Posted in Book Reviews

Book Review: Becoming Madeleine


Becoming Madeline is a biography of the author Madeleine L’engle, written for middle-grade readers by her granddaughters Charlotte Jones Voiklis and Léna Roy.

Like most people, I first encountered L’engle through A Wrinkle in Time. I was in the 7th or 8th grade and it was unlike anything I had read before. The small book was weird, comforting, wise, and life-affirming in a way that was at the same time both familiar and radical.

Over the next few years I devoured most of her work. Discovering L’engle during my middle and high school years had a tremendous impact on my outlook on life.

Alike and equal are not the same thing!

Your greatest faults can also be your greatest gifts!

In the end, all will be well!

When I took a trip to New York in 2007, I visited the Cathedral of Saint John the Divine, where L’engle worked as writer in residence for several years.



My grandmother, a librarian, was also a fan of L’engle’s writing.  When I would buy and read a new book I’d lend it to her and we would discuss it. After she passed away, I took her copy of Bright Evening Star and found an inscription on the first page, a testament to the impact L’engle’s words had on her.

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I approached Becoming Madeleine with excitement and yet was sure that I would find nothing new here. Madeleine L’engle wrote a number of autobiographical works, so I wasn’t sure what else could be said about her life that I hadn’t already read. However, by telling L’engle’s story in chronological order, rather than through the random snippets as they are presented in her own work, allowed me to see her story in a different light. Anyone familiar with L’engle’s work knows how important time, and the order one experiences it in, can be!

Of particular fascination to me was the inclusion of Madeleine’s diary entries. Not only was it intriguing to get a look at her private writing, but it also allowed the reader see how the themes that permeated her work (time, love, God, faith, science, and the horrors of war) were at the forefront of her thinking, even at a young age, and were always evolving.

The biography stops just after the publication of a Wrinkle in Time. This was disappointing, as I would have liked to have seen how Madeleine moved through her later years. However, the book is written for middle-grade readers; therefore, the story focuses heavily on her younger years when she was the same age as the intended audience.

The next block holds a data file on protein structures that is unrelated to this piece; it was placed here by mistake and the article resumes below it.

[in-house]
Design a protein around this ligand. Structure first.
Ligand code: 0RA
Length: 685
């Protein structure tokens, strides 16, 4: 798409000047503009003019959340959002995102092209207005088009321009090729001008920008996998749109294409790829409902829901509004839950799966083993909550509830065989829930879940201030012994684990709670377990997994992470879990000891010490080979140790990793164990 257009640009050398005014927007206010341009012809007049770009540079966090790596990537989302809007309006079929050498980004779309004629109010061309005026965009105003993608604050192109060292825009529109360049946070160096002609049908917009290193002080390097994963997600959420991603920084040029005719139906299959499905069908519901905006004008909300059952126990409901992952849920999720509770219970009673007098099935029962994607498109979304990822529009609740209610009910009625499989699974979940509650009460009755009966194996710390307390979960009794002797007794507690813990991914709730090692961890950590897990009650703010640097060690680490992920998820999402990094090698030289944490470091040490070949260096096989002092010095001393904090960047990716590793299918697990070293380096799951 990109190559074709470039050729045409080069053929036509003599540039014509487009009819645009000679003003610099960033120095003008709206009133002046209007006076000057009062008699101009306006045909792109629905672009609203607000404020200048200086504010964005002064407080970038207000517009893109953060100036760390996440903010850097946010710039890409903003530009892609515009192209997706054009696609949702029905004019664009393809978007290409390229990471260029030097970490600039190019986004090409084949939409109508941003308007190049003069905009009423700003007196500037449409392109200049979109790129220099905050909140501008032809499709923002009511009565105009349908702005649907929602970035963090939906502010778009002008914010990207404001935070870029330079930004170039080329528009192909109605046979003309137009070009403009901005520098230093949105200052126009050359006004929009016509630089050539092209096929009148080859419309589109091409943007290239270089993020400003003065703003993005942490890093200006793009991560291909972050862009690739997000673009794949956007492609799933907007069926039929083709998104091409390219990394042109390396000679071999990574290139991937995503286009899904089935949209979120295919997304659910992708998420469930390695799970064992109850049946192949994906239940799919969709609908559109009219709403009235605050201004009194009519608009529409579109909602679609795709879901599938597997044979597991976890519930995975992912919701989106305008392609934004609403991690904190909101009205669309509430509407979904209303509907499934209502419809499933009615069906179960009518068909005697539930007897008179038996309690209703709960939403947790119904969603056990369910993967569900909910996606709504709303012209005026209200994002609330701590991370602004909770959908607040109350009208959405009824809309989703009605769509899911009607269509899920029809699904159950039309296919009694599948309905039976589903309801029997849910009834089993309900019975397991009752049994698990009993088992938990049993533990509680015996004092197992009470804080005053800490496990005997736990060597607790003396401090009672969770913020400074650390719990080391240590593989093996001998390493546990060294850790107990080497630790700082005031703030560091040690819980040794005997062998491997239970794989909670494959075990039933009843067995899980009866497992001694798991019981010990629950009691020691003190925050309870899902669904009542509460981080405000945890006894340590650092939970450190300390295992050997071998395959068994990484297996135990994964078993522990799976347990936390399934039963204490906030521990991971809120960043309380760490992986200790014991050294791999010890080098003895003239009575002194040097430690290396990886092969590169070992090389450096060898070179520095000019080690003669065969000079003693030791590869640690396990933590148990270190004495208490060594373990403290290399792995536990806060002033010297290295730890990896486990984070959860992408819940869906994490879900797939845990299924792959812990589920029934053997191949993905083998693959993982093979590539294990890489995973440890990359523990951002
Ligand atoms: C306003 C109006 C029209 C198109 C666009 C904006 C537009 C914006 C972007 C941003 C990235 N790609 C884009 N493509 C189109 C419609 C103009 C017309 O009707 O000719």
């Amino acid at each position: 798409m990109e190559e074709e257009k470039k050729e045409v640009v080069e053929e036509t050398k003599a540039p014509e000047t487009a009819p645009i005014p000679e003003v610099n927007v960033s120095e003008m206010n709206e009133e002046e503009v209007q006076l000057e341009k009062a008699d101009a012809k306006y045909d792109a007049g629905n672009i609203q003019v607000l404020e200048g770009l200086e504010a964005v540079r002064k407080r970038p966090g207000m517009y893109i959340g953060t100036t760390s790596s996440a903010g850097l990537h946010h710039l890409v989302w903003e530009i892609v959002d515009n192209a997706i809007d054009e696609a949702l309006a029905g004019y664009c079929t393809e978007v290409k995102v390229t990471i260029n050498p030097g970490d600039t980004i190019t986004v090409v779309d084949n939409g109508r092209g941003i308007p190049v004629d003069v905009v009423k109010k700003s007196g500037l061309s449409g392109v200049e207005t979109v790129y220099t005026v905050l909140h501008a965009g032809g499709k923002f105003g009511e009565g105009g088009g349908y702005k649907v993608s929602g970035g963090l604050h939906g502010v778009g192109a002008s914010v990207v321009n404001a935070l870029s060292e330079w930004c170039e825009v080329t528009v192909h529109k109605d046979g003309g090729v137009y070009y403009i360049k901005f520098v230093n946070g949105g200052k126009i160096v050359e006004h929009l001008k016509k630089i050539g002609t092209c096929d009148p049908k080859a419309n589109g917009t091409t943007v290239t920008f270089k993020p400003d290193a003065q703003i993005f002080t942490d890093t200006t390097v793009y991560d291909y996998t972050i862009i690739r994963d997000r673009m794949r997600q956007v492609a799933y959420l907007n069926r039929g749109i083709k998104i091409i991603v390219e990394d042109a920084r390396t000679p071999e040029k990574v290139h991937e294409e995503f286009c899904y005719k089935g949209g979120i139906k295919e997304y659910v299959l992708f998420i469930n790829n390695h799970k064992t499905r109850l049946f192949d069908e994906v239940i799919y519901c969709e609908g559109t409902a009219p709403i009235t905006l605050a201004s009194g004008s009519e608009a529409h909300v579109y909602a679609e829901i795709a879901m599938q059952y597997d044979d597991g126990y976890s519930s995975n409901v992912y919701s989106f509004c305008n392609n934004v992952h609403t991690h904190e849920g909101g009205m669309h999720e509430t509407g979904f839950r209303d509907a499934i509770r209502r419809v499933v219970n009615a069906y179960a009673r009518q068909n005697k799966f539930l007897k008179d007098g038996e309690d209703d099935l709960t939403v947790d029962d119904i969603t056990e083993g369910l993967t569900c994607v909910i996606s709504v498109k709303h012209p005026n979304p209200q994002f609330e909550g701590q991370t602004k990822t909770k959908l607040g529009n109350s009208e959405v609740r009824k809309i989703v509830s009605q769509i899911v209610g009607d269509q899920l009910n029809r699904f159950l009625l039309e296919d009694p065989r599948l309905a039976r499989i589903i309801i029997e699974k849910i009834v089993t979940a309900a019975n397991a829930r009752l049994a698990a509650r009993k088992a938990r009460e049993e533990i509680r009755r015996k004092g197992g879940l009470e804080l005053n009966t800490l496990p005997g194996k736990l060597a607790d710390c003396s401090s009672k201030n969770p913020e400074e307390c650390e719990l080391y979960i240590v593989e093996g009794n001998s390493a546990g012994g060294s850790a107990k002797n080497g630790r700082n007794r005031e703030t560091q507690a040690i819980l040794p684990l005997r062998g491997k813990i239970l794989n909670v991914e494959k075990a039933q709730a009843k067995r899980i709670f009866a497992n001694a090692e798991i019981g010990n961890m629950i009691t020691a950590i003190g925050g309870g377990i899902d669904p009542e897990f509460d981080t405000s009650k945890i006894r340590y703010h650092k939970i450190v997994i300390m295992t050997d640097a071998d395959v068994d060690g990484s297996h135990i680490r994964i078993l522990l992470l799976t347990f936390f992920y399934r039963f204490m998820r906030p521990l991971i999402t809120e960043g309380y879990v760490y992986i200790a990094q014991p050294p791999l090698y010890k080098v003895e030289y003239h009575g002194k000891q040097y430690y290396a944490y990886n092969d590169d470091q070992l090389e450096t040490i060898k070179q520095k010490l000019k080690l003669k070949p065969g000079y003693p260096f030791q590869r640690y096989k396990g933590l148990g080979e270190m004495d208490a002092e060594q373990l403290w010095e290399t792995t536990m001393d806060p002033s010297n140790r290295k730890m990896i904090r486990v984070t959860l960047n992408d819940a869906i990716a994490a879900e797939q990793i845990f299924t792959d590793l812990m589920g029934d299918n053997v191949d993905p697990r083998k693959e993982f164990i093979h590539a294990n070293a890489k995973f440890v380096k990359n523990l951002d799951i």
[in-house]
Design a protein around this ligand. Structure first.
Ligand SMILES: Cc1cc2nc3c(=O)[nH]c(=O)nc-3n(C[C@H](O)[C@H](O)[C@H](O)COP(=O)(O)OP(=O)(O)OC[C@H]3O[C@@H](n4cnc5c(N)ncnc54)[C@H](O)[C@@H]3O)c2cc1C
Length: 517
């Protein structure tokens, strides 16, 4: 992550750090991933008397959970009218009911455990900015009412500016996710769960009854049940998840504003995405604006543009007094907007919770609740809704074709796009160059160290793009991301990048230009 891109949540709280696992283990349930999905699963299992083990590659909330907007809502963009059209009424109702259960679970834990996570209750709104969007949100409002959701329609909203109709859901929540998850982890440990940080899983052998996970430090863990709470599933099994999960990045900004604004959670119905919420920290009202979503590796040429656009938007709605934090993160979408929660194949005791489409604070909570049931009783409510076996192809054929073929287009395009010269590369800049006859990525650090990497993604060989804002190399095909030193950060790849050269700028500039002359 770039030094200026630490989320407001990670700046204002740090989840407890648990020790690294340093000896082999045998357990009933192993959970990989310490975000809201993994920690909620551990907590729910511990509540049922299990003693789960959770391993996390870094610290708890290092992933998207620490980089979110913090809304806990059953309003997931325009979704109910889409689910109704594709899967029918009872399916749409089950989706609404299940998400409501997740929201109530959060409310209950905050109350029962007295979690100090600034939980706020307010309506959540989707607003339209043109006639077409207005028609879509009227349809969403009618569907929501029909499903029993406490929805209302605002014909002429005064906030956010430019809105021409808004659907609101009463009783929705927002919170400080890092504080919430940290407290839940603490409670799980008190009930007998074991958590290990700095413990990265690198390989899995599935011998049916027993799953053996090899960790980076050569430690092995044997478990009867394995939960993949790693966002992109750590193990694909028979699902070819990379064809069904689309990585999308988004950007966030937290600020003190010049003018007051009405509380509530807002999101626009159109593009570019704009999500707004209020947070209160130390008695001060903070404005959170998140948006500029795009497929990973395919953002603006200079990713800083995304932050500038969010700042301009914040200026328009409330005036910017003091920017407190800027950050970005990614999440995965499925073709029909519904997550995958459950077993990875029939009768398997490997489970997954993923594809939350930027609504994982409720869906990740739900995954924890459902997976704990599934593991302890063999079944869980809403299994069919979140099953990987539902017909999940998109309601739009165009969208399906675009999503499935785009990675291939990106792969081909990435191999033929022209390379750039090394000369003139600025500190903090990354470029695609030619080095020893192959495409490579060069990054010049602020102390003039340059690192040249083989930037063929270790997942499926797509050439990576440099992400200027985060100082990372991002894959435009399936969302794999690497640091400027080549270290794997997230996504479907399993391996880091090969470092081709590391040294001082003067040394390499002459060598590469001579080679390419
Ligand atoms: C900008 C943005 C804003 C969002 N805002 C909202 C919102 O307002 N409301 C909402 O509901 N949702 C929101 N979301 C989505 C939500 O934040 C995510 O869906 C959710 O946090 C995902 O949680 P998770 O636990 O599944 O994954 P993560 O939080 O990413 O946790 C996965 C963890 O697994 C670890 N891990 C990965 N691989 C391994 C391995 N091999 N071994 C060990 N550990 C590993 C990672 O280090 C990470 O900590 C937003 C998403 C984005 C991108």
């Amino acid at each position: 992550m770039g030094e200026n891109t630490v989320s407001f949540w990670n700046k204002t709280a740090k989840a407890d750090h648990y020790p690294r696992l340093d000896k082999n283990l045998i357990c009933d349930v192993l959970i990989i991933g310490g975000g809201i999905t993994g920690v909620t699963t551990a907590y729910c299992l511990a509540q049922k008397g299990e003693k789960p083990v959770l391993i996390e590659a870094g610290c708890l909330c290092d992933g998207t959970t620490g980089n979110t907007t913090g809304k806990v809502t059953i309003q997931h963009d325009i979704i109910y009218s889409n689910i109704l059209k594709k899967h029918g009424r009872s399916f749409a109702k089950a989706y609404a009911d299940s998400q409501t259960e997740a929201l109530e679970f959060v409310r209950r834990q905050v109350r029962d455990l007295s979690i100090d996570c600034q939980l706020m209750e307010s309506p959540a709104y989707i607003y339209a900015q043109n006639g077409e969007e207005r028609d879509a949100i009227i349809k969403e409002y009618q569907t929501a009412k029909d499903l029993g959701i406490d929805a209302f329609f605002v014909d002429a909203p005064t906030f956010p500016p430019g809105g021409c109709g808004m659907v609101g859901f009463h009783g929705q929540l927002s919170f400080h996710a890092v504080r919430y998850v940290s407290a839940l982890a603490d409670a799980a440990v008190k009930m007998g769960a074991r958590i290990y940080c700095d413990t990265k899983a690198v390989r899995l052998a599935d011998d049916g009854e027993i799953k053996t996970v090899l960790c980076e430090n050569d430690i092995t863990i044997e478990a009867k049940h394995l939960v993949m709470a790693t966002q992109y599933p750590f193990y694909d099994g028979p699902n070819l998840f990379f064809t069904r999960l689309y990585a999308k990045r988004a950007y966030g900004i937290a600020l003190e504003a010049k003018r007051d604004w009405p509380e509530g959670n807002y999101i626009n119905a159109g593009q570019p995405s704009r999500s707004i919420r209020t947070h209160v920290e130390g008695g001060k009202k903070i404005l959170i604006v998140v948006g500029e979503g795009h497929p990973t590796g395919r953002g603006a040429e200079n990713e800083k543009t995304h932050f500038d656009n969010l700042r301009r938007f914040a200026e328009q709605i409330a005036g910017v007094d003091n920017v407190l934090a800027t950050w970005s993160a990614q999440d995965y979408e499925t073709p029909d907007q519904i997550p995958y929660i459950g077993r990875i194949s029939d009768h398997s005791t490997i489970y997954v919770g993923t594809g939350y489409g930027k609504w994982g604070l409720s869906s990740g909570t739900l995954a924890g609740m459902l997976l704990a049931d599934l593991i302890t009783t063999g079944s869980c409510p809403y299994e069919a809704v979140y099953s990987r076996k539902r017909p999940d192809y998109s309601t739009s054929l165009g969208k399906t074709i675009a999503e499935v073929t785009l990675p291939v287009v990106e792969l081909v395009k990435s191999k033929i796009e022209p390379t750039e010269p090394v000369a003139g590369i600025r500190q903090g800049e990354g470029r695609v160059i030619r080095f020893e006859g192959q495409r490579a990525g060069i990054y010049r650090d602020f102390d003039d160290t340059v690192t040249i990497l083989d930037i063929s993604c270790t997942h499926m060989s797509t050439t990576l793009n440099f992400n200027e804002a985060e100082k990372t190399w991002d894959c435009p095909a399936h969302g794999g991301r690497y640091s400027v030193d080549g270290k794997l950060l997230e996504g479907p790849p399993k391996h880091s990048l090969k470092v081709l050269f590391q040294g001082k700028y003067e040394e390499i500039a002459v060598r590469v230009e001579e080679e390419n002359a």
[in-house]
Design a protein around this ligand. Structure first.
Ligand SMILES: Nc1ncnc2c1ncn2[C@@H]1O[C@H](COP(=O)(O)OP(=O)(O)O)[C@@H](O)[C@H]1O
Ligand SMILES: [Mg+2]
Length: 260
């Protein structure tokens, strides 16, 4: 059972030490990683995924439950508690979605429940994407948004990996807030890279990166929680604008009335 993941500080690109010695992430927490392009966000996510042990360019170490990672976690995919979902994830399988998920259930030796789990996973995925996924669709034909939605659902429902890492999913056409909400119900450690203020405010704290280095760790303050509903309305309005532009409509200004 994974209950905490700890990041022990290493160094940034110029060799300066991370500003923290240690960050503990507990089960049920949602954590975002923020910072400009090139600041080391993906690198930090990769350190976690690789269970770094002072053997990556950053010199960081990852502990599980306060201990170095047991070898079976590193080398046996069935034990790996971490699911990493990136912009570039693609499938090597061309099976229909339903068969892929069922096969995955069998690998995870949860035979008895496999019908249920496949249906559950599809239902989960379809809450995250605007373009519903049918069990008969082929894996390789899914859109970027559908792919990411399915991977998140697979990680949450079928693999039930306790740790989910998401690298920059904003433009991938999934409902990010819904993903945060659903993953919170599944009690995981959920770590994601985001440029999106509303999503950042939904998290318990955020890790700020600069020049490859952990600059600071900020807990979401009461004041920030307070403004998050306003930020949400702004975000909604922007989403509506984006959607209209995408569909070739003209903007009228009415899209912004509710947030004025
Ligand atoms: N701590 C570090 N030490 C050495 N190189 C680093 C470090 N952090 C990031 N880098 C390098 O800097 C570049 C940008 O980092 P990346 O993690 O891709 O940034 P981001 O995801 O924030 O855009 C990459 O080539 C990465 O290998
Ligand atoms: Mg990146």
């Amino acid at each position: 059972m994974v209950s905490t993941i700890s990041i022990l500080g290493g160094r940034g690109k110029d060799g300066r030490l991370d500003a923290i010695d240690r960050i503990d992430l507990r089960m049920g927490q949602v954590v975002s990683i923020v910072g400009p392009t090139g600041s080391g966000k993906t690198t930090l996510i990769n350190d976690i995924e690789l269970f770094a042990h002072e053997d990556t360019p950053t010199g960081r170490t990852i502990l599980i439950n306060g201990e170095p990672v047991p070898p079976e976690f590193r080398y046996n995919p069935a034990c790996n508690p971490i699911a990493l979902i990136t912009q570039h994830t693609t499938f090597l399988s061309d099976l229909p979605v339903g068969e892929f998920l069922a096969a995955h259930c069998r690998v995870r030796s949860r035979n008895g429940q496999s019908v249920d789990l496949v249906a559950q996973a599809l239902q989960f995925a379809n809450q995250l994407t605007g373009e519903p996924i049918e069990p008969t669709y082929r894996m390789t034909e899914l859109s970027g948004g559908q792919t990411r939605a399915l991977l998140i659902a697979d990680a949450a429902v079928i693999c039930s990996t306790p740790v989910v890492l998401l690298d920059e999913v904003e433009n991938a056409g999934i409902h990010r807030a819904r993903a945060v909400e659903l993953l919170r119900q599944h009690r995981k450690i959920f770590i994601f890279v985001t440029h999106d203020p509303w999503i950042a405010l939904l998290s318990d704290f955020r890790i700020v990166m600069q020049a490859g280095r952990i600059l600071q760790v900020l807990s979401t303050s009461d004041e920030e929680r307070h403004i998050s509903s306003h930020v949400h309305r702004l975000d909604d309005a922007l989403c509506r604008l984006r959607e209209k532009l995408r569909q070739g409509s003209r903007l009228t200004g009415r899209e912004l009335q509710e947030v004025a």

Voiklis and Roy have written a loving and satisfying account of a writer that has impacted many people and continues to impact more each day. If you are a long-time L’engle reader or just discovering her work, this is a book you won’t want to miss.  


–Sunday, February 11th, 2018

Posted in Book Reviews

Book Review: Why We Write by Meredith Maran

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Why We Write by Meredith Maran is a collection of twenty essays written by published novelist on the topic of why (and sometimes how) each author goes about the crafting fiction. Each essay is preceded by an introduction of the author and a “Vitals” bulleted list of highlights about the author (born, education, where they live, complete list of works, etc.). Each essay concludes with a “Wisdom for Writers” section, a bulleted list of take-away points the author made in his or her essay.

A portion of the proceeds of the book are given to support 826 National, a youth literacy program.

The editor pulled together a diverse collection of authors. Some of them include Sue Grafton, David Baldacci, Gish Jen, Armistead Maupin, and Terry McMillan. Not only are they diverse in gender, sexual orientation, culture, and race, but they are exist on various points of the “literary vs entertainment” spectrum of publishing. This topic comes up in a number of the essays. Some authors embrace the literary or entertainment camp to which they belong, others take the opportunity to bash the opposing side.  More than a few authors dismiss this continuum as a marketing or hegemonic device designed to pander to a certain demographic. The later essays were the most interesting.    

While the book presented a diverse collection of viewpoints, I couldn’t help but notice that certain genres were left out. There were authors from “mainstream” literature as well as the mystery and thriller genres. However, there were no authors of speculative or YA books.  Why We Write was published in 2013, during the time when these genres were rapidly gaining in both popularity and recognition as quote-unquote “serious” forms of literature. It could be that the author reached out to some of these authors and they weren’t interested or couldn’t fit a contribution into their schedules. However, I can’t help but feel that including authors from these backgrounds would further round out the book and the discussion of why individuals feel compelled to write fiction.

The twenty authors in the book state a wide array of reasons behind why they do what they do. However, one central theme crops up in each of their responses: Writing sucks, but not writing sucks worse; one never feels that a piece is completely finished, but having written is a wonderful feeling.

As someone who dabbles in writing and is always looking for more time to complete larger projects, I completely agree. And, in it’s own dark way, it is comforting to read twenty writers state that they belong in the same mental hell that is being a writing human. I think I’ll keep the book on my desk for inspiration and comfort the next time I find myself banging my head against the wall when writing gets difficult.